NB-born bionics expert "rewires" humans with thought-controlled prosthetics - InfoNews

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NB-born bionics expert "rewires" humans with thought-controlled prosthetics

Levi Hargrove is shown in this undated handout photo. An expert trained at the University of New Brunswick says prosthetics powered by artificial intelligence are no longer the stuff of science fiction -- thought-controlled bionic limbs have already arrived and are getting more sophisticated by the day.Levi Hargrove, director of the Rehabilitation Institute of Chicago and UNB graduate, will return to his alma matter next week to deliver a lecture on "rewiring humans" who have lost limbs using state-of-the-art artificial prosthetics controlled by the the power of the mind. THE CANADIAN PRESS/HO - The Rehabilitation Institute Chicago, Chris Guillen
Image Credit: *MANDATORY CREDIT*
November 05, 2016 - 9:00 PM

SAINT JOHN, N.B. - An expert trained at the University of New Brunswick says prosthetics powered by artificial intelligence are no longer the stuff of science fiction — thought-controlled bionic limbs have already arrived and are getting more sophisticated by the day.

Levi Hargrove, director of the Rehabilitation Institute of Chicago and UNB graduate, will return to his alma matter next week to deliver a lecture on "rewiring humans" who have lost limbs using state-of-the-art artificial prosthetics controlled by the power of the mind.

"We've made a lot of improvements in their control and functionality partly by actually doing innovative surgeries ... (and) using artificial intelligence to figure out how to put that information to work so that people can move arms and legs just by thinking about it," Hargrove said in an interview.

Nerves are like your body's "communication highway," says Hargrove, sending messages to your muscles in the form of electrical signals and relaying information from the environment back to your brain. After an amputation, he says, nerves in the residual limb are "scarred" but remain active and continue to transmit signals intended for severed muscles.

Hargrove says he and his colleagues have advanced a surgical technique that involves transferring spaghetti-like bundles of nerves to "target" muscles in or near the residual limb. Once the process is complete, he says, neural signals from the brain are re-routed to make the target muscles contract and send messages to a prosthetic device as if it were the missing limb.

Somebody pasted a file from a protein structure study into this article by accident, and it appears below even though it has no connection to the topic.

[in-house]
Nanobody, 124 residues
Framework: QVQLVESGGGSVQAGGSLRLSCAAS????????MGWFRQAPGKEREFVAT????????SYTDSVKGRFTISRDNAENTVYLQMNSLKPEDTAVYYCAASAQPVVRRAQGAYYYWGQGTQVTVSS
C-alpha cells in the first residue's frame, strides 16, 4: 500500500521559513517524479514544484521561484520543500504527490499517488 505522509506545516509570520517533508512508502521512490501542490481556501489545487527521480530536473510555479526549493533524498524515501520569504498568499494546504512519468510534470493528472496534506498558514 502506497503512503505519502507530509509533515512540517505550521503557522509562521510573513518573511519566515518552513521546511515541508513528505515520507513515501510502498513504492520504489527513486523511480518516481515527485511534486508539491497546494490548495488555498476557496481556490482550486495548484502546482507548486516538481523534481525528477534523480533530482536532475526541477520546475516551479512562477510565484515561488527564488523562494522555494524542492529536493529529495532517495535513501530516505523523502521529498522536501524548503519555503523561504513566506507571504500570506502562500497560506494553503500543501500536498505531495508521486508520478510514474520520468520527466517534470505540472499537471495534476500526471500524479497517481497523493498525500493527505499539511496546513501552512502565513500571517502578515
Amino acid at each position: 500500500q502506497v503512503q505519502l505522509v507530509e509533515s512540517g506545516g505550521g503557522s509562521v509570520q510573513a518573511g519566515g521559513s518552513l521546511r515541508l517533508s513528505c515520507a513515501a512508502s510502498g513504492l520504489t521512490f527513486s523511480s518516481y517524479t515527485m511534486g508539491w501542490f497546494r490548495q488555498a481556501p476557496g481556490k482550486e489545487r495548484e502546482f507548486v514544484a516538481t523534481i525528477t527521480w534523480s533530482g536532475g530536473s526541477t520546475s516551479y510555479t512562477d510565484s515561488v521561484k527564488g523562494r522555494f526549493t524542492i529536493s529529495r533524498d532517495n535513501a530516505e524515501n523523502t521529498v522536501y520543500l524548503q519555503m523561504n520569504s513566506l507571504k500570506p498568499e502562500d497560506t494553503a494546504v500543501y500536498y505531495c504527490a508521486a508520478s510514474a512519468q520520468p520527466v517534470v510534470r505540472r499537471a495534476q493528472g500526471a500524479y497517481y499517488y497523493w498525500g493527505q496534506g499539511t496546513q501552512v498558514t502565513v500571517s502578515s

"We want them to be able to move their limbs as if you would move ... even though we have our intact limbs," the Hargrove says. "It's just a natural thing. You just subconsciously just move when you want to move and we're trying to do the same thing."

Hargrove says older prosthetic technologies use electrodes to detect muscle contractions in the residual limb and translate them into prosthetic motions through "Morse code switching." For example, three pulses might trigger the prosthetic hand to make a fist.

"It's not intuitive, because you have to remember this Morse code," he says. "It would be the difference between you and I communicating by speaking versus dots and dashes and having to figure out what each thing meant."

Hargrove co-founded a Chicago-based start-up called Coapt to commercially produce a prosthetic arm that uses artificial intelligence to create more fluid, life-like movements based on a user's anatomy. Hargrove compared the prosthetic technology to a smartphone using machine learning to respond to personalized voice commands, and says much of the "pioneering" work was engineered in collaboration with UNB.

"We really are reaching that point where what seemed to be science fiction in all of these implanted devices will become routine," says Kevin Englehart, director of UNB's biomedical institute. "(Hargrove) really is one of few individuals now who are leading this next generation of medical devices."

Hargrove says Coapt is selling prosthetics across North America and plans to expand internationally next spring. The prosthetic arms are capable of elbow movement, wrist rotation and a variety of hand grasps — but can't control individual fingers.

The devices are powered by rechargeable batteries with a roughly 14-hour lifespan, and while an artificial limb weighs about as much as a human arm, Hargrove says it feels like "dead weight" because it isn't attached to the skeleton.

The price tag for a prosthetic arm can run anywhere between $2,500 to $100,000, depending on the device's capabilities and the sophistication of the technology.

Hargrove says the next frontier in "rewiring" humans is putting sensors inside the body, which could restore sensations of touch for people with amputated limbs. Researchers are making headway in developing better prosthetic technology for lower limbs, he says, and are "pushing the boundaries" with regard to treating people who have suffered strokes or spinal chord injuries.

The New Brunswick native says Terry Fox's cross-Canada trek in 1980 has been a source of inspiration since he was a child. A marathoner himself, Hargrove marvels at Fox's stamina given how "primitive" the prosthetic technology was at the time of his run for cancer research.

"That's certainly in my mind as we go," Hargrove says. "(Today) it may have been a little bit easier, but running a marathon a day whether you have one leg or two legs is a really difficult thing to do."

Hargrove is scheduled to speak at UNB's Fredericton and Saint John campuses on Nov. 8 and 9.

News from © The Canadian Press, 2016
The Canadian Press

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